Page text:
Women's Leadership Circle for Inclusive Forest Governance in Nepal

09 October 2018
Dr. Kalpana Giri and Shambhu Dangal
Kalpana Giri and Shambhu Dangal provide their notes on a recent event hosted as part of the Center's and HIMAWANTI's Women's Leadership Circle Initiative while commenting on women's leadership in Nepal's new federal governance structure.
Notes from the Field

In recent years, Nepal has undergone a rapid change in the country’s governance systems, including a newly developed federal structure that has devolved authority to local layers of government. The federal governance system  aims to provide greater inclusivity, peace, and stability. As a consequence, a record proportion of women representatives (40.96%) were elected in the recently concluded elections for three-tiered governments (i.e. Municipality, Province and Federal).

The visible presence of a critical mass of women engaged in local government and visibly active in the public sphere of local governance is an accepted indicator of inclusive and equitable social development. 

The rule making process to integrate women’s Women leadersperspectives in policy and governance, however, is often contested from a gender perspective, and women tend to be largely excluded from wielding any influence in such spaces. Building capacities and a supportive environment for women's leadership in local governance in the context of federalism in Nepal is therefore needed. But more broadly, creating an enabling ecosystem for women's effective and meaningful participation in governance and beyond is crucial.

The Center for People and Forests (RECOFTC) through its local partner The Himalayan Grassroots Women’s Natural Resource Management Association of Nepal (HIMAWANTI) has initiated “Women’s Leadership Circle,” which aims to strengthen women leaders’ capacities for  influencing gender-inclusive policy and practice. It has facilitated a three-day workshop on “Leadership and capacity development of locally elected women representatives” in Dhulikhel, Kathmandu from 18 to 20 September. The workshop convened 20 women leaders in their capacity as decision-makers (vice-mayors and vice presidents) from selected urban and rural municipalities, and HIMAWANTI.

“I have attended several trainings and workshops before, but this workshop was unique to enhance our legal knowledge on gender and natural resource management”

The workshop equipped these elected women representatives with legal provisions and processes to accommodate women’s roles, rights, and benefits, in particular from a Forestry and natural resource management angle, providing further support for them to identify opportunities for influencing gender and socially inclusive forestry policies and plans.

The workshop also helped to extract informed insights on particular capacity and skills needed, and broader interventions that could be designed to help support the elected women representatives to hone their leadership. These interventions suggest the need for broader discourse and discussion on contemporary gender issues as women leaders still face issues in local governance. Additionally, these interventions have identified components that are vital to support a gender-inclusive enabling ecosystem where they could play leadership roles.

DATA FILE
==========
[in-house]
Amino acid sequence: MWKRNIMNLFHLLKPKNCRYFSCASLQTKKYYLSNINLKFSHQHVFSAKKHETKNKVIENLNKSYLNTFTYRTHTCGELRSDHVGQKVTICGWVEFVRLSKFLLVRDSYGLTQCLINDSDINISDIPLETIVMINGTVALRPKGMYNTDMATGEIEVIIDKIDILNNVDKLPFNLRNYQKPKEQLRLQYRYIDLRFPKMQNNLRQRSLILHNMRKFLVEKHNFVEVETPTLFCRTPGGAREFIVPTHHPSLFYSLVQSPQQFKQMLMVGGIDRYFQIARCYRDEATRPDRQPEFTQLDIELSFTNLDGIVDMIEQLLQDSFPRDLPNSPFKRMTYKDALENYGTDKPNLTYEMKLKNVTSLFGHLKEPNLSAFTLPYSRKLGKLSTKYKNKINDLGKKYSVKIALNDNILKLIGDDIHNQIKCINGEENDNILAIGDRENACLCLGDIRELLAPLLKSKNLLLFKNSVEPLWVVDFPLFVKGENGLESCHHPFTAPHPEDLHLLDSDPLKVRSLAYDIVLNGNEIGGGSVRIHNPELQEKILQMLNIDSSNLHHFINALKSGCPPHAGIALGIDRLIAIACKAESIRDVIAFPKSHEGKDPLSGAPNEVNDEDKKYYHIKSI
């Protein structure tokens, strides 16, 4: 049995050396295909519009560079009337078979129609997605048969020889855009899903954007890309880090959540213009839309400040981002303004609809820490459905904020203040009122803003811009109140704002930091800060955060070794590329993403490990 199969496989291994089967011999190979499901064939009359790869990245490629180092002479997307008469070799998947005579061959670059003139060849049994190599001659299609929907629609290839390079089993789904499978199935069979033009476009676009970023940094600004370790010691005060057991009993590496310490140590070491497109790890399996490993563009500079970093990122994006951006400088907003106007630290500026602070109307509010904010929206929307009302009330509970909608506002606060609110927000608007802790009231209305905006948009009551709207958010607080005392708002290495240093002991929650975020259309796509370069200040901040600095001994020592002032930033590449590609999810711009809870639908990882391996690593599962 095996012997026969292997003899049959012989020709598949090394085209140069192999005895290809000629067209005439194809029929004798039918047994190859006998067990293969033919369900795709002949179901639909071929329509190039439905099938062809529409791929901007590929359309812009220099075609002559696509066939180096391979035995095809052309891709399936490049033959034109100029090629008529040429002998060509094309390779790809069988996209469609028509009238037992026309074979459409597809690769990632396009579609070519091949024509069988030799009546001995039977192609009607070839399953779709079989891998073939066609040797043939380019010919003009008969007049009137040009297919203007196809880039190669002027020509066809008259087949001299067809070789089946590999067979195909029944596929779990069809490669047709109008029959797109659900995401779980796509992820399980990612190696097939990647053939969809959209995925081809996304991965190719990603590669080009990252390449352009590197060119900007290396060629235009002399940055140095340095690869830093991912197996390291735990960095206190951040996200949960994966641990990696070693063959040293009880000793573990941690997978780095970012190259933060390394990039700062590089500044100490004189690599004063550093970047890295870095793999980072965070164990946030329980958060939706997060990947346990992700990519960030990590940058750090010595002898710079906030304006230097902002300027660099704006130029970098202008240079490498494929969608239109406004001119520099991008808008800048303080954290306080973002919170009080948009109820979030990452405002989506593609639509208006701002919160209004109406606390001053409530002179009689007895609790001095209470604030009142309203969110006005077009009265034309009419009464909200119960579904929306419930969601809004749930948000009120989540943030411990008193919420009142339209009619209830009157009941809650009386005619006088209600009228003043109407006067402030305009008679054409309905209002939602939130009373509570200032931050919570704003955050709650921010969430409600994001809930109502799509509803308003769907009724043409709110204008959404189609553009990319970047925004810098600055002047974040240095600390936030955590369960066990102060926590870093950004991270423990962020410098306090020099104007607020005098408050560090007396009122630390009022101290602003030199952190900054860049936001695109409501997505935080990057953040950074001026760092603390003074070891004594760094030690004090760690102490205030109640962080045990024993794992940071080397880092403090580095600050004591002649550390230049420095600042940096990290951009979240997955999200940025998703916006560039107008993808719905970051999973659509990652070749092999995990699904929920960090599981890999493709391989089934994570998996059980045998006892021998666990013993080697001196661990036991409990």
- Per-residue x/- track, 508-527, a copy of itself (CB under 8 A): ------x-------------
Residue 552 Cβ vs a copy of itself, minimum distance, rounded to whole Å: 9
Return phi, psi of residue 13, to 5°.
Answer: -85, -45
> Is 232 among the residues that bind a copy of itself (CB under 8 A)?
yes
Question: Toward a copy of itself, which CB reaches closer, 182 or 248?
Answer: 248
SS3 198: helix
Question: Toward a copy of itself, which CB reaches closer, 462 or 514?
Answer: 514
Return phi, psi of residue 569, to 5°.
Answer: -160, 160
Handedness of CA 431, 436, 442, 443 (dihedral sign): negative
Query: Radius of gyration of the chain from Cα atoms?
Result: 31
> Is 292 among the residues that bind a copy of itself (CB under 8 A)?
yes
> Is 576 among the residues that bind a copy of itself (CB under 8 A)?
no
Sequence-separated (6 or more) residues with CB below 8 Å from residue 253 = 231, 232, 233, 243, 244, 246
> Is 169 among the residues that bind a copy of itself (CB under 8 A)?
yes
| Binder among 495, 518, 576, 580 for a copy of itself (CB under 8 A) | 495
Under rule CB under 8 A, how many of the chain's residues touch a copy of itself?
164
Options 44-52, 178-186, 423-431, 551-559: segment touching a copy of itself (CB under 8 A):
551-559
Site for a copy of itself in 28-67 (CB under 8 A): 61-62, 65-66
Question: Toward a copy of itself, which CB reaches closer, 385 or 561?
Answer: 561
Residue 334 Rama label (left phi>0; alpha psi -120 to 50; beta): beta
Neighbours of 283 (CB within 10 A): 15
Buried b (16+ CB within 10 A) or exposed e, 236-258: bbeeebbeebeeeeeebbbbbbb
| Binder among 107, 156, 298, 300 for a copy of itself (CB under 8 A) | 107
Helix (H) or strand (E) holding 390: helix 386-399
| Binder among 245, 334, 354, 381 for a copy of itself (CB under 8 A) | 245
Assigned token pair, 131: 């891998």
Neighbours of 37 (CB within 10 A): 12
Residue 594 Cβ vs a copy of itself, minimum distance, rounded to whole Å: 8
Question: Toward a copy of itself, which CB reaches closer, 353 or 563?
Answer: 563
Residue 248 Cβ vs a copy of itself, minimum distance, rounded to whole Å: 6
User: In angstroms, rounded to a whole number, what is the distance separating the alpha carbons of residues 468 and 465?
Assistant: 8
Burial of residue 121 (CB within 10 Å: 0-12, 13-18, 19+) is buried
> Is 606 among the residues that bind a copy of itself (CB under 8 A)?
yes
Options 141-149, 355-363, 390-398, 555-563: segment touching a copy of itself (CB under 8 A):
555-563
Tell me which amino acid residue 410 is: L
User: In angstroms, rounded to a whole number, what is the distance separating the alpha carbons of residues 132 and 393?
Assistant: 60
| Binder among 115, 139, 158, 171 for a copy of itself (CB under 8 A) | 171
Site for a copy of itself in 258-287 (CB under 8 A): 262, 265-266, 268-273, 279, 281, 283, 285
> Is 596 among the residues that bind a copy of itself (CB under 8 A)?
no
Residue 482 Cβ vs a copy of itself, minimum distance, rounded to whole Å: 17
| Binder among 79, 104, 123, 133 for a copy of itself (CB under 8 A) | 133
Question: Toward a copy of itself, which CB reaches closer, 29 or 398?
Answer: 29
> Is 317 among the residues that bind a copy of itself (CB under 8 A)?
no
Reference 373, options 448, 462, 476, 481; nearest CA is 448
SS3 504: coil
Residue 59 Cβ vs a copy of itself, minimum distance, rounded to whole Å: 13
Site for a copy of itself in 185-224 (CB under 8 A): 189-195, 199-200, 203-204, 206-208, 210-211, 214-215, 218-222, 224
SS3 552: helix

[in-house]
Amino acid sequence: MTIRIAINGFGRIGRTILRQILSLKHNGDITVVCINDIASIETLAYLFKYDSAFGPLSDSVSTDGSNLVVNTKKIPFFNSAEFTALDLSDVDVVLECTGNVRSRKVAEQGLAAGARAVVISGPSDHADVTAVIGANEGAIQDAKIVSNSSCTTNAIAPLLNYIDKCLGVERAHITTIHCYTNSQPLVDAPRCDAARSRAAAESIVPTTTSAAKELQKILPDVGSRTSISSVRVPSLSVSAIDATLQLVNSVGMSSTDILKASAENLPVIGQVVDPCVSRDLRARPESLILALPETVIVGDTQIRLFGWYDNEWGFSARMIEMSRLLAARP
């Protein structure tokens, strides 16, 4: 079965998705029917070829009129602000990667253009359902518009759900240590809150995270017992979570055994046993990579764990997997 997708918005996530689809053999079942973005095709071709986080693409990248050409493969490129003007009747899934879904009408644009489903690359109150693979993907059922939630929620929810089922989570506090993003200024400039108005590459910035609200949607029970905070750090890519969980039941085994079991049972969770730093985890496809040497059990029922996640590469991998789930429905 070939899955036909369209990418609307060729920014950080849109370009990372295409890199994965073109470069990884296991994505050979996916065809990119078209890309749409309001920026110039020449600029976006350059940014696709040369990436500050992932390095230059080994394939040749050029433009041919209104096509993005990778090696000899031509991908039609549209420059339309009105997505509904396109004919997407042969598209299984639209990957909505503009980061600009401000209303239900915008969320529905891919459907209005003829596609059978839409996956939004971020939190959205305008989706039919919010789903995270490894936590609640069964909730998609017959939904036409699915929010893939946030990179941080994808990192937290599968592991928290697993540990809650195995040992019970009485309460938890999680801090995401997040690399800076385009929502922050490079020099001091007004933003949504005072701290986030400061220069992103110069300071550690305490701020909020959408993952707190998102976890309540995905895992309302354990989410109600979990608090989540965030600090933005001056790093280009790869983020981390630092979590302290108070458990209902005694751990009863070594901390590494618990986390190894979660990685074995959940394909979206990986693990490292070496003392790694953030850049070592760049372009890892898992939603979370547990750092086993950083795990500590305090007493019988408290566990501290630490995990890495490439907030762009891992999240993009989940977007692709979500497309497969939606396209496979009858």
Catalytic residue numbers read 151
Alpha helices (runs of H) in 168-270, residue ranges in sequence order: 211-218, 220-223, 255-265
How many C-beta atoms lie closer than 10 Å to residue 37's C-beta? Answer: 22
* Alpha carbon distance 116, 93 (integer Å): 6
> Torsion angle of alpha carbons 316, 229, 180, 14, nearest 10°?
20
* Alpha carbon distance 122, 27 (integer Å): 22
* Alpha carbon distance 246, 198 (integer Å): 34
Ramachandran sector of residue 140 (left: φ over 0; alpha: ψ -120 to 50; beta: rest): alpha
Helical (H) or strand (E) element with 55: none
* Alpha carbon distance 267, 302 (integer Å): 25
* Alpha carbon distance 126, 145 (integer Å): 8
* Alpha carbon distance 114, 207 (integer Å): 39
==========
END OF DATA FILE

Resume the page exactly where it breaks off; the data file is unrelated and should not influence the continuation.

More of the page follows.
During the workshop, there was palpable excitement and optimism amongst these women representatives to be an active participant in Nepal’s evolving federal governance system. Ms. Him Ganga Lama, Vice-Chairperson of Lishankhu Pakhar Rural Municipality, said, “I have attended several trainings and workshops before, but this workshop was unique to enhance our legal knowledge on gender and natural resource management”. Participants like Ms. Lama appreciated RECOFTC and HIMAWANTI’s initiative and capacity building support.

Other participants  emphasized how the workshop facilitation allowed for the open discussion of experiences, opportunities and challenges as a woman leader in relation to influencing a change process . The big picture of enabling environment and changing attitudes is equally important:  “...In these three days we were very open to discuss our roles and problem. To increase the decision making power of vice mayor, we need to change attitude of ward chairperson, members and even mayor through this types of sensitization,”  says Ms. Renuka Poudel, Vice-Mayor of Hariwan Municipality. Certain women leaders, particularly Ms. Krishna Chaudhary, vice mayor of Thakurbaba Municipality, underscored the context-specific needs, especially in Terai area. Ms. Chaudhary herself expressed the need for targeted intensive efforts to bring women leader in the leadership front since the capacity of the elected leaders in the Terai is very low.


Findings from the workshop were shared and discussed with parliamentary members of the federal government, the chairperson of the natural resource management committee of the provincial government parliament, members of Parliament of the provincial parliament, representatives from the Ministry of Forests and Environment, representatives from projects and leaders from HIMAWANTI. The meeting was intended to identify an enabling ecosystem through which the HIMAWANTI can collaborate to maximize impacts for women’s leadership and gender-inclusive policies and practice. Moving forward, RECOFTC and HIMWANTI are working out the details of a long-term Women’s Leadership Circle Program that will strengthen women’ leaders to create meaningful influence towards gender equality and social inclusion. These national level initiatives will be connected and supported through Gender Leadership Co-Lab, a regional Leadership initiative of RECOFTC that will work towards creating gender-inclusive policies, investments and actions across forestry landscapes in Asia.